Komatsu, JD, Ponsse are the clear 123 in Europe and the NA markets, just depends on location to determine rank.  Even in Finland JD still gets a nice chunk of the market share (behind Ponsse) which I find interesting.  Here in NA Ponsse has a very strong resale value but is hampered by the lack of equipment financing (ask me how I know  :() and high initial prices. In the south things are different: JD and Komatsu have the financing but dealer support is still lacking they appear to do well in the PNW where dealers offer better support.  Ponsse mobile support teams might be an option for JD and Komatsu and give loggers the comfort to know they will not be stranded with millions of dollars in equipment in the field.  



Liking Walnut

Offline Wudman

  • Forester
  • *
  • Posts: 534
  • Age: 52
  • Location: Keysville, VA
  • Gender: Male
  • Eat, drink, and be merry before you go on quota!
    • Share Post
Re: CTL Market
« Reply #1 on: April 29, 2019, 10:14:40 AM »
The biggest strike against cut to length operations in the Southeast are the mills that they would have to feed.  The modern pine mills in the southeast are set up to accept tree length material, computer optimize on the in-feed deck and cut to (optimized) length.  Across much of the south, the distinction between "chip and saw (small log material) and larger sawtimber has blurred.  That material is not separated in the woods, but it is sorted to the optimal saw line at the mill.  Without that in-woods merchandising, CTL loses any advantages.  In areas that still has multiple log sorts, CTL could still be competitive.

Years ago, I attempted to set up a CTL crew to operate in a second thinning (pine plantation) environment.  We were looking at merchandising on the small log sort.  I never was able to make it fly.  Before that, back in the mid 80s, we were playing with some of the smaller scale Scandinavian processors (Bobcat sized machines) merchandising 10 foot wood onto railcars.  The machines were not rugged enough to do what we were attempting and they were down more than operating.  The loss of that short wood market put an end to that venture.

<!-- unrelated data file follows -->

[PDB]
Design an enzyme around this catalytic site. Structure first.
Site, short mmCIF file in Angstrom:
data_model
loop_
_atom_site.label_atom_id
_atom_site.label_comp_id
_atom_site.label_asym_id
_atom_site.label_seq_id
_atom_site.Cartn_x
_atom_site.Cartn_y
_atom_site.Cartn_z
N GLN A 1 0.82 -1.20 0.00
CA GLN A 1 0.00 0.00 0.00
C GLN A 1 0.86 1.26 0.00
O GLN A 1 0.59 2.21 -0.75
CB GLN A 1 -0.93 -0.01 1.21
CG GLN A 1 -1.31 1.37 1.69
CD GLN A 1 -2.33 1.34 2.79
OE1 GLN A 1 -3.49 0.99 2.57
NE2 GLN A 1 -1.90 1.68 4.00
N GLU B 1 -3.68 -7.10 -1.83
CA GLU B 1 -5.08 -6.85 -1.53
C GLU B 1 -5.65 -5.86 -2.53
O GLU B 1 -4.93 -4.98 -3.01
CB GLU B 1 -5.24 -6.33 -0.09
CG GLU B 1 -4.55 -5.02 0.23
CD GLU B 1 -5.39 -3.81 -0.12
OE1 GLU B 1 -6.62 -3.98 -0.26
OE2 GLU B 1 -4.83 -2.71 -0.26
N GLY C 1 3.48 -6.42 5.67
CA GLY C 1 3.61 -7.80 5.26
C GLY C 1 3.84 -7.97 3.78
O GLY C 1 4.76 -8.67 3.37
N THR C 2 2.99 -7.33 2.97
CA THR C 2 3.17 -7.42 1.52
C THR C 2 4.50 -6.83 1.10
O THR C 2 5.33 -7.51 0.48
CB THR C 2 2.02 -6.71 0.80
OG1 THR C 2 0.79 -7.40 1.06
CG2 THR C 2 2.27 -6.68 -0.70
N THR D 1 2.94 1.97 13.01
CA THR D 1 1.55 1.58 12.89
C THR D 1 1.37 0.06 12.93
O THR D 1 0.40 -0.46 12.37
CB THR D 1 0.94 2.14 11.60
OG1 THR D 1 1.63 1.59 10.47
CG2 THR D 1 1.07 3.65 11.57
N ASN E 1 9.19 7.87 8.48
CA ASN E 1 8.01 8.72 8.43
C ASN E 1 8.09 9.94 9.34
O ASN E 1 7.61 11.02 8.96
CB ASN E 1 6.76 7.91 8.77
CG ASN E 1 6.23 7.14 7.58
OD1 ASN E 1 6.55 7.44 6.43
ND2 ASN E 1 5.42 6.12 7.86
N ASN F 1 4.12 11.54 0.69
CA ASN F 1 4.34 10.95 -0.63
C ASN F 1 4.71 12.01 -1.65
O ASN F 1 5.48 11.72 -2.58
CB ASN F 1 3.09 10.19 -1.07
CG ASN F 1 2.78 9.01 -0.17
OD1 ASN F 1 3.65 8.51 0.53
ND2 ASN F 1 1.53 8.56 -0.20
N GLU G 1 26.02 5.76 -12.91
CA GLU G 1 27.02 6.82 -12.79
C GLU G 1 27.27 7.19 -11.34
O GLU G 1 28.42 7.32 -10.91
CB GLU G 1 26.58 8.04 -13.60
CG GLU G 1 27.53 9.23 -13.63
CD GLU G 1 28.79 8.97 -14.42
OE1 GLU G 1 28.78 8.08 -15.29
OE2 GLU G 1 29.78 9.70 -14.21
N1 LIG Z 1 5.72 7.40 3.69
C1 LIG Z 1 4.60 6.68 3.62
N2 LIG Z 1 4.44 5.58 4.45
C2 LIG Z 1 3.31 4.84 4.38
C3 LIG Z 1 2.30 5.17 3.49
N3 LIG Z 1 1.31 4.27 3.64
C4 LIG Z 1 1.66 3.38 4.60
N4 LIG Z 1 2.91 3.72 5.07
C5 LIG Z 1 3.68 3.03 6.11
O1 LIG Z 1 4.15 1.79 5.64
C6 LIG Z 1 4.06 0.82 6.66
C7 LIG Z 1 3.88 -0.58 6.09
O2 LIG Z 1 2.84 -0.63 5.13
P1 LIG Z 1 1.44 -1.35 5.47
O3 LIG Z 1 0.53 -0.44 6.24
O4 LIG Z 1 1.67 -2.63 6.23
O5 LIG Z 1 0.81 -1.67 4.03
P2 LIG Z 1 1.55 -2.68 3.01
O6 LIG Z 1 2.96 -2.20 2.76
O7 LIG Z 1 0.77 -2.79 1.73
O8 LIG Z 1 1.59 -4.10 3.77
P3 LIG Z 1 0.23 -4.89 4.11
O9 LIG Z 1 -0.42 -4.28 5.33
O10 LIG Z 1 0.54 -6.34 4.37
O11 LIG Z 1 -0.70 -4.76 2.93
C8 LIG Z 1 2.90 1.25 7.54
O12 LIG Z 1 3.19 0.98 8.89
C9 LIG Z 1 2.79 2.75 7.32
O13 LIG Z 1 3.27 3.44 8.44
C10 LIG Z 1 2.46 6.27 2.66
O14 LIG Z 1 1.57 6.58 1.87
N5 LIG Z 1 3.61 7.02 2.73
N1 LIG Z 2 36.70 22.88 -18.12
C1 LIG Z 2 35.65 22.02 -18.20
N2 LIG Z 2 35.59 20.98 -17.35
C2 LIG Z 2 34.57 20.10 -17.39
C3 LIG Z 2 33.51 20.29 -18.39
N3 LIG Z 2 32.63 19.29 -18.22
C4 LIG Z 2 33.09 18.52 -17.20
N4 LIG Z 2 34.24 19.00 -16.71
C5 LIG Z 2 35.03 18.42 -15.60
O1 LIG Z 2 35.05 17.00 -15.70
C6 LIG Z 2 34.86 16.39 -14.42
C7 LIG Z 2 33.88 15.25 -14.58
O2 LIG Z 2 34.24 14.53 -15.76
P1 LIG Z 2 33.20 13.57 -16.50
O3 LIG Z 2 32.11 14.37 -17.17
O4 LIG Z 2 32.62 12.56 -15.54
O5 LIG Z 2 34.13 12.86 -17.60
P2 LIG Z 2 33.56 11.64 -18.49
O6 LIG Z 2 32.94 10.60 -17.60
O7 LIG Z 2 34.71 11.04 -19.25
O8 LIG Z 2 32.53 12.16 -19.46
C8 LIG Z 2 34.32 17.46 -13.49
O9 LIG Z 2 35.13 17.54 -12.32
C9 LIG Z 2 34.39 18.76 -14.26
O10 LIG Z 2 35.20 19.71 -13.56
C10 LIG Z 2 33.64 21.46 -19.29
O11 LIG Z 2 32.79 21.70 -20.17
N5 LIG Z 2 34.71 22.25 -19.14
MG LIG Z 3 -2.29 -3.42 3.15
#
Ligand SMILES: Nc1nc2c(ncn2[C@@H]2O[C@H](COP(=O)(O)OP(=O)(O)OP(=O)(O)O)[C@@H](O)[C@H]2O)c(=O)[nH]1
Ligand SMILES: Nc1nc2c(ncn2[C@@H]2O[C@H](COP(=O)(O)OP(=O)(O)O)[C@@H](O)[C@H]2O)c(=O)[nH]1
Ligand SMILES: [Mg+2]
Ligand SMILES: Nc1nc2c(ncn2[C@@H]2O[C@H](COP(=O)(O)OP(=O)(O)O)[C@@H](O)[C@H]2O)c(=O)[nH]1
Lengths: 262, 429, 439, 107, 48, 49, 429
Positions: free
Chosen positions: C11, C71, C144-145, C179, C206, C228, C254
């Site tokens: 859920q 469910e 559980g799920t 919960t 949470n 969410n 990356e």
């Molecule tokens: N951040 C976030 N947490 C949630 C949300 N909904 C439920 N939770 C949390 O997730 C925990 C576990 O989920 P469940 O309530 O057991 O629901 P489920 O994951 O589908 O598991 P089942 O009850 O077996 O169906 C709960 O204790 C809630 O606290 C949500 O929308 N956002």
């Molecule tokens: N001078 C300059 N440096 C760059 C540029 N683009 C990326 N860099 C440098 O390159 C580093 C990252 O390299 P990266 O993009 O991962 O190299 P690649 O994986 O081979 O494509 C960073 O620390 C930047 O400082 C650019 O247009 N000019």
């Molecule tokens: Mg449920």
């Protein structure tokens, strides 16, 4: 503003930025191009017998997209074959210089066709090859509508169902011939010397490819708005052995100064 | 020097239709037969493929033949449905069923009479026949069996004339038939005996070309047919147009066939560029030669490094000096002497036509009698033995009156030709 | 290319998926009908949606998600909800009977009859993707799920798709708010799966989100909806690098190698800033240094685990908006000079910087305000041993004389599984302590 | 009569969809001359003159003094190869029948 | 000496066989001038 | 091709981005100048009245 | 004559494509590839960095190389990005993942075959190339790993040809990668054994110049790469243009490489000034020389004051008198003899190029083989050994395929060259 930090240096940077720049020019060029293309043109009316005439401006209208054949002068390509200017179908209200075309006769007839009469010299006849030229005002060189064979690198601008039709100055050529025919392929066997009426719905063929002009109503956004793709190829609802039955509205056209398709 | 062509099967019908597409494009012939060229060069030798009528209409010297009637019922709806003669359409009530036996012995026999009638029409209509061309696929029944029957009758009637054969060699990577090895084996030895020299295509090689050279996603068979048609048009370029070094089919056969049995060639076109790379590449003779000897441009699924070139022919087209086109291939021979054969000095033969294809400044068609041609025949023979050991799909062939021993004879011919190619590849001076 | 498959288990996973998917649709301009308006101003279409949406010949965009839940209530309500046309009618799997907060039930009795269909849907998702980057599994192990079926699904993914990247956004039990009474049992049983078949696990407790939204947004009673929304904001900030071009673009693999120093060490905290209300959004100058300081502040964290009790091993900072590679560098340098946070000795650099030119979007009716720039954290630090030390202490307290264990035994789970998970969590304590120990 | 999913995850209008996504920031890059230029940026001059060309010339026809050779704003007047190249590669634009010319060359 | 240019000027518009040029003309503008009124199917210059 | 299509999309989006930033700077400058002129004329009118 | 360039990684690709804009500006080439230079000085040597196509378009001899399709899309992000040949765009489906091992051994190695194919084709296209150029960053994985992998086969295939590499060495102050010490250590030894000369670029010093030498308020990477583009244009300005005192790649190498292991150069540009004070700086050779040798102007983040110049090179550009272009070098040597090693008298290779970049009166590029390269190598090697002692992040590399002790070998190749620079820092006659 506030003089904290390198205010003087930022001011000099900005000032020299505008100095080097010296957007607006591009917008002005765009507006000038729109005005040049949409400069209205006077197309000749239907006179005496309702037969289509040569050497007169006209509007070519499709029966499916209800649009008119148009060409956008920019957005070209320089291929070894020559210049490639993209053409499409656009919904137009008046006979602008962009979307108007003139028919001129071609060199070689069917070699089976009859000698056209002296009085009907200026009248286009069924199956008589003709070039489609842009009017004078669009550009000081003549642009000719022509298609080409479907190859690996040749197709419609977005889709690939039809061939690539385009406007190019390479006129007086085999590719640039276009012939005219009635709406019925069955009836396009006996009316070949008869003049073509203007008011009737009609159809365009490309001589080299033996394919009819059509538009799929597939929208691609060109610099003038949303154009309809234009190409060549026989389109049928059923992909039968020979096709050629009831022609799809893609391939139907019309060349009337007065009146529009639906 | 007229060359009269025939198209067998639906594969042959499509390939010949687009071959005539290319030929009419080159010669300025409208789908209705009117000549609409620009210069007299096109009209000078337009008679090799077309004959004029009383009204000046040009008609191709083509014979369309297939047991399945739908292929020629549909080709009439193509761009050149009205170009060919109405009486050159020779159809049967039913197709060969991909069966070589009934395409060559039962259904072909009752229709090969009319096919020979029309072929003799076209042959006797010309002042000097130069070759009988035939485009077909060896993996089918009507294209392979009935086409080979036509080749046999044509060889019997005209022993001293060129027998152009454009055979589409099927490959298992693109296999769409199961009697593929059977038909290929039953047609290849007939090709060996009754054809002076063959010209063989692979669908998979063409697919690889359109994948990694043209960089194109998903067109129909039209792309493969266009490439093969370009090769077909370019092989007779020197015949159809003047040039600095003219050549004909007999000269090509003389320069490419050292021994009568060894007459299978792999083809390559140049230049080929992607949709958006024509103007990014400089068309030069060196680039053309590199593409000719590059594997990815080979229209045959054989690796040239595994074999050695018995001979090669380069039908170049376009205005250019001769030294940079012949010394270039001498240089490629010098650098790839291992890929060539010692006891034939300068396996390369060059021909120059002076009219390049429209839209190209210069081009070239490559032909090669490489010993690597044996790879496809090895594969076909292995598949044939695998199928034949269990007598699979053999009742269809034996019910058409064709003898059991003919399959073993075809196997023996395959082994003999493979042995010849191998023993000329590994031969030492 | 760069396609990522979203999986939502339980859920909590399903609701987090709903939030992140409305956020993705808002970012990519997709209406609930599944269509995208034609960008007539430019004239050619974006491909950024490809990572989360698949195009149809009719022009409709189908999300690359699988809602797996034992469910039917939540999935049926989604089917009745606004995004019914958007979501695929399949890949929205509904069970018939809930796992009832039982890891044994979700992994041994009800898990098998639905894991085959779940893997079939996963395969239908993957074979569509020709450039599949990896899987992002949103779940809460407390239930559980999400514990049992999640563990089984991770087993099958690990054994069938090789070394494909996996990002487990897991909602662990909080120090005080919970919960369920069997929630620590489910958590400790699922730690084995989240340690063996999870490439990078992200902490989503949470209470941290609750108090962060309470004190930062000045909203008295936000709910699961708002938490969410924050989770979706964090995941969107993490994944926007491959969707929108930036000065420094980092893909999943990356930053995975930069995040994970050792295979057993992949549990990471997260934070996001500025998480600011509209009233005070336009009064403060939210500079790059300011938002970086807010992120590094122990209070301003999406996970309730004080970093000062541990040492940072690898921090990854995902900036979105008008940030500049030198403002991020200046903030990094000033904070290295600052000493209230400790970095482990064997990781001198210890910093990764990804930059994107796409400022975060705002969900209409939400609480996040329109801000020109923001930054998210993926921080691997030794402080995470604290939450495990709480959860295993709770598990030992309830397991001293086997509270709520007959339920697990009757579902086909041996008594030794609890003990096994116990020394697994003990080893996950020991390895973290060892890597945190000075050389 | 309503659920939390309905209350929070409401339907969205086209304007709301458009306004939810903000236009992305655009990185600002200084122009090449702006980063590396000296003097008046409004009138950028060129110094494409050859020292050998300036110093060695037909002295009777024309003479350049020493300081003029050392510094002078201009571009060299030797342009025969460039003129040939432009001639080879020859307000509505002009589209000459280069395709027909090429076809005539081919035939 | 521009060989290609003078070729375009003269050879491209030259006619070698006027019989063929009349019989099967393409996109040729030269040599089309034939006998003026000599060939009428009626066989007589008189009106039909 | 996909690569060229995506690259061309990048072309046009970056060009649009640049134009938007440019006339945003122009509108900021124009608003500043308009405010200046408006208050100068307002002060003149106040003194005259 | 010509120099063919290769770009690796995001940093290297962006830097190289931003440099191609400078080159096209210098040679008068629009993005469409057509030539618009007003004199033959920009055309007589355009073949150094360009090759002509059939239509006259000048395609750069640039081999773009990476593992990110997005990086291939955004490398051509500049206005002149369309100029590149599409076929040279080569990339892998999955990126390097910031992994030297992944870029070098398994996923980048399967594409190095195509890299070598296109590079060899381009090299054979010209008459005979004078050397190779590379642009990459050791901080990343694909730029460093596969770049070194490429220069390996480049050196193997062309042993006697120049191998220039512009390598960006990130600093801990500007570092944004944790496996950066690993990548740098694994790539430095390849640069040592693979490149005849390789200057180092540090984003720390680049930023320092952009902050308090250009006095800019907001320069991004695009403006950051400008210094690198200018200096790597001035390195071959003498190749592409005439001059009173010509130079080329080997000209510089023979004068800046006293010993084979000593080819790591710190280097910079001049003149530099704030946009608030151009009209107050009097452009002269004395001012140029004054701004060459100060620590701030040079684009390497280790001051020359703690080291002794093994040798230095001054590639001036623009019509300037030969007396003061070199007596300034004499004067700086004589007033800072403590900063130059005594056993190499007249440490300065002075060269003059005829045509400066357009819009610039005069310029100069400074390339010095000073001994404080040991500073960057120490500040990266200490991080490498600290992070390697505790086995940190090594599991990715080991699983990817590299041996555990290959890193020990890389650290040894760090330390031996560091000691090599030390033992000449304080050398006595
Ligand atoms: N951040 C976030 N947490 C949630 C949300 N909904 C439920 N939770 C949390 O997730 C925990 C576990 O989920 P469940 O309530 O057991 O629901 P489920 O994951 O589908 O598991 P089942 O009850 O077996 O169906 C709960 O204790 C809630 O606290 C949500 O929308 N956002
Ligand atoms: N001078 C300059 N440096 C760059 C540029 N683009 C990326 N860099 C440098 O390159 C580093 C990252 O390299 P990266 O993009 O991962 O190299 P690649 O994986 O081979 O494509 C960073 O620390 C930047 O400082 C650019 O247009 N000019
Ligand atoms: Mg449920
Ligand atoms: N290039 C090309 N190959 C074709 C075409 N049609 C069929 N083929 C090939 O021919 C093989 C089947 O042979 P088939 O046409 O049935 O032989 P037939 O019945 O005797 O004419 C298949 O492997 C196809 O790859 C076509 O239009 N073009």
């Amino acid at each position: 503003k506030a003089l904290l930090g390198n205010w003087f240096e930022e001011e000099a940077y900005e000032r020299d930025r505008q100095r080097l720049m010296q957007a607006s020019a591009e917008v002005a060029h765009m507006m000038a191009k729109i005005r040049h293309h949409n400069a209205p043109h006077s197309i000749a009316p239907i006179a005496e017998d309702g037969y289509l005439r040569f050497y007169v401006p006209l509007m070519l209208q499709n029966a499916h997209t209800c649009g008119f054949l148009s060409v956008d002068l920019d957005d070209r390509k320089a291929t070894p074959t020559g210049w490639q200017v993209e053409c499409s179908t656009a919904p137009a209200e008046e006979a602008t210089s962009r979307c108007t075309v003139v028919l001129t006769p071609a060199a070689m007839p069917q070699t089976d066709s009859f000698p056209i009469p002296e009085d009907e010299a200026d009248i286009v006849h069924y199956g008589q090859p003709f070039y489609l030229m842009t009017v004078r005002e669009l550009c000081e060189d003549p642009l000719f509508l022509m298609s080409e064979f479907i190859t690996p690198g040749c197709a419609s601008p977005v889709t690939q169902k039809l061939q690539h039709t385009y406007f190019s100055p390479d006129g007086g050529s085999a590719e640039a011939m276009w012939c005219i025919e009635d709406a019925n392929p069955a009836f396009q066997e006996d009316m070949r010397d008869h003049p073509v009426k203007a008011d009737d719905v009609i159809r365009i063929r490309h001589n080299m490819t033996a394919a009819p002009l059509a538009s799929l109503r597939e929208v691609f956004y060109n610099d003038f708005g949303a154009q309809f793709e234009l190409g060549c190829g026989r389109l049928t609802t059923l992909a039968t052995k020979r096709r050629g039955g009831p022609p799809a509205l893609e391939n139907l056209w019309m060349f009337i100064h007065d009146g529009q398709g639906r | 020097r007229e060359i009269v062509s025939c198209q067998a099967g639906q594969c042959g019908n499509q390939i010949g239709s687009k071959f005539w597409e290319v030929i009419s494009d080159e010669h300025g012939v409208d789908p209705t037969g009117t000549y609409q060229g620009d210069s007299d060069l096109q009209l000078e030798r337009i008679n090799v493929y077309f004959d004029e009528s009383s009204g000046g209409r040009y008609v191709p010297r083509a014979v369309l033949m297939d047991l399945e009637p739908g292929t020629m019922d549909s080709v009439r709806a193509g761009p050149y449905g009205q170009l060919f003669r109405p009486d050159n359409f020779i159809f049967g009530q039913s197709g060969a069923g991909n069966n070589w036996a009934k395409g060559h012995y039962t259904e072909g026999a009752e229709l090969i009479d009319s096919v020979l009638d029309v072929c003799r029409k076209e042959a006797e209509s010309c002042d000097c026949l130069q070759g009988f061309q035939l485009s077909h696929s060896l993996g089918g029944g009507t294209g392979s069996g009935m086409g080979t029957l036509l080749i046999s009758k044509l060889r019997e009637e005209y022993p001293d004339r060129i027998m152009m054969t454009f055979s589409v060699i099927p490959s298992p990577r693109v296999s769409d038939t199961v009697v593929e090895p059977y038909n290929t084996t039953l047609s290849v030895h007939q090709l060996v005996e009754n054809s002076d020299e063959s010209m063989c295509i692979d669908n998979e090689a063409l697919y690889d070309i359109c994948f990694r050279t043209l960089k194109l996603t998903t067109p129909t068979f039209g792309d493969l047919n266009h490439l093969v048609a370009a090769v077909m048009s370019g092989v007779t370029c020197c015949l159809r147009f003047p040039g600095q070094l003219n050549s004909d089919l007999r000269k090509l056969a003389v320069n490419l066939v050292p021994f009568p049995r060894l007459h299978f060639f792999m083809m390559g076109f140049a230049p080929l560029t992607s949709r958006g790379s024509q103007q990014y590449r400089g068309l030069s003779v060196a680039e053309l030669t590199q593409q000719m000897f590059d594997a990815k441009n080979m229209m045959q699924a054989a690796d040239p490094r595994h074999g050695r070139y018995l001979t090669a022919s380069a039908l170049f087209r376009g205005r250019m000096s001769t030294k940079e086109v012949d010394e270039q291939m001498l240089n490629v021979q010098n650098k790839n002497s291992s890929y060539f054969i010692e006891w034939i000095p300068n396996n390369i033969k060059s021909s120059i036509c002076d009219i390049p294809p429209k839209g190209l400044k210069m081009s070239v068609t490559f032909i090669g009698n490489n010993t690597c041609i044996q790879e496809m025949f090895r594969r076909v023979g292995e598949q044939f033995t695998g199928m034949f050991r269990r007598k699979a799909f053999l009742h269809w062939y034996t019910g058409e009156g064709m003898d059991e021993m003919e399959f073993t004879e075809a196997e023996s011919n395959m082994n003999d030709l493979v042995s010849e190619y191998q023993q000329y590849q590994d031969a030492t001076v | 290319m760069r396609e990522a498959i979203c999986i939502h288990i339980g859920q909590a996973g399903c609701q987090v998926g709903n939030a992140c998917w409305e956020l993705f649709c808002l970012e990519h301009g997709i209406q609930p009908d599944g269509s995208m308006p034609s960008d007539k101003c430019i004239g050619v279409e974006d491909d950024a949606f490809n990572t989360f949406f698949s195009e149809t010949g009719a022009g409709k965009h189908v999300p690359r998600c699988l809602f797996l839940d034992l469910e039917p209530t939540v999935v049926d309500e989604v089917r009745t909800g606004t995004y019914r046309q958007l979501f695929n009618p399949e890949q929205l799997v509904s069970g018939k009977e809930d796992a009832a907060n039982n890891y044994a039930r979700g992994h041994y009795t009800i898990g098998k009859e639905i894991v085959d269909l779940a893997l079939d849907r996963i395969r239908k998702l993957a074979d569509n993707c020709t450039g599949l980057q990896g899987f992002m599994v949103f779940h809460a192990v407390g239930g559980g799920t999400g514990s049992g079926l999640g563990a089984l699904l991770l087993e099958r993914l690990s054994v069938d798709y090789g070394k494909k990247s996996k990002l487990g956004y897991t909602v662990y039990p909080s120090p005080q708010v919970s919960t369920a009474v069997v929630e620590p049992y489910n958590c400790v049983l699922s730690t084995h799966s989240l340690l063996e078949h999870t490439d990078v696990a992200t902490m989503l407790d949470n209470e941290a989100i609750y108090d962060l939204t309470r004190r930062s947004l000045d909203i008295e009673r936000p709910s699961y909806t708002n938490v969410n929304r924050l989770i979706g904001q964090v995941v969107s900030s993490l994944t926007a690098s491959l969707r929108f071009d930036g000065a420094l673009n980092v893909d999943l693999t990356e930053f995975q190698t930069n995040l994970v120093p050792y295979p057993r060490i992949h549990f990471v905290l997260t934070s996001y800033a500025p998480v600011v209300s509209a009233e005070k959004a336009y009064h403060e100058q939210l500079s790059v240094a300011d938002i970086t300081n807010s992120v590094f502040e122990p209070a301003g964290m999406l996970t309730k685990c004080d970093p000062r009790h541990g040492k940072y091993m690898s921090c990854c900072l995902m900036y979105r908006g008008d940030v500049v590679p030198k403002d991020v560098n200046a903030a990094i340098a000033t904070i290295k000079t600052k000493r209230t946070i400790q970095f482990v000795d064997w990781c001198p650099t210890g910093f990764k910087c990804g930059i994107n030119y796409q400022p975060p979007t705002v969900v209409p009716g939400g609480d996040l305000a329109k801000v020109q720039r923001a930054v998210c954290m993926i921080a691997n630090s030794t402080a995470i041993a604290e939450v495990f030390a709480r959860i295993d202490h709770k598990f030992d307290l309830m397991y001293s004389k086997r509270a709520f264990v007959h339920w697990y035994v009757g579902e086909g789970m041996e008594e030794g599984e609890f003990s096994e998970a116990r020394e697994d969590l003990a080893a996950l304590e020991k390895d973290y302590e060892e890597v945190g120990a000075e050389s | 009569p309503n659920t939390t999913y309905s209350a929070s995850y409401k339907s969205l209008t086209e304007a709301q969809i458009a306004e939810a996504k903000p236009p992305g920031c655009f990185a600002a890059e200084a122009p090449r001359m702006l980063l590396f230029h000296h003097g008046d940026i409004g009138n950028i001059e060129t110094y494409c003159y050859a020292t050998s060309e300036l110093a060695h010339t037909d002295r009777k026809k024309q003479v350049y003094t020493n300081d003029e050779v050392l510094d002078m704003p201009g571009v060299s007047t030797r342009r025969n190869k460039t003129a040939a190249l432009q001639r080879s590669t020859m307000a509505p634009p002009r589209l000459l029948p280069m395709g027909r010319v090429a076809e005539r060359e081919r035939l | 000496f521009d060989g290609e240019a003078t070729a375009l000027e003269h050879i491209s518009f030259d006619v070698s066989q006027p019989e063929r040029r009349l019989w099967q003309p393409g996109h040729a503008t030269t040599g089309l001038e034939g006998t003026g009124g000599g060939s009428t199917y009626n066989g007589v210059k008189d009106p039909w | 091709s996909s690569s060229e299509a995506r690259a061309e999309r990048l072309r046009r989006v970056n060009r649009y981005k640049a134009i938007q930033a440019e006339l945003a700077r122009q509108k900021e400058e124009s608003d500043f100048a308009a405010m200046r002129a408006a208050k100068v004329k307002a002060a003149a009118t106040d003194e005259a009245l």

In a Southern U.S. venture, the next strike against CTL is cost.  A typical sawhead, 2 skidder, loader with pull through delimber and groundsaw will run circles around a cut to length operation on both production and cost.  We demoed a processor on one of our high production pine crews.  Looking at output from that machine, versus our conventional operation, we couldn't justify the cost.  We found out that we had a pretty DANG good loader operator that it was competing against.  This was in two thin plantation wood, so the only separation was some topwood. 

Wudman  

Offline barbender

  • Senior Member x2
  • *****
  • Posts: 6709
  • Age: 44
  • Location: Deer River MN
  • Gender: Male
    • Share Post
Re: CTL Market
« Reply #2 on: April 29, 2019, 11:04:17 AM »
One plus for CTL in the SE is a Canadian mill bought a bunch of pine mills down there, and they are demanding CTL wood. That's why you're seeing more of the roadside processors.
Too many irons in the fire

Offline Southside

  • Senior Member x2
  • *****
  • Posts: 5421
  • Age: 47
  • Location: Wilsons (Dinwiddie County), VA
  • Gender: Male
  • Have a plan to saw every log you meet.
    • Share Post
Re: CTL Market
« Reply #3 on: April 29, 2019, 11:07:43 AM »
Processor on the landing I can see working well, but CTL makes no sense in a plantation pine clear cut, just never keep up with a buncher and monster grapple skidder.  
Franklin buncher and skidder
JD Processor
Woodmizer LT Super 70 and LT35 sawmill, KD250 kiln, BMS 250 sharpener and setter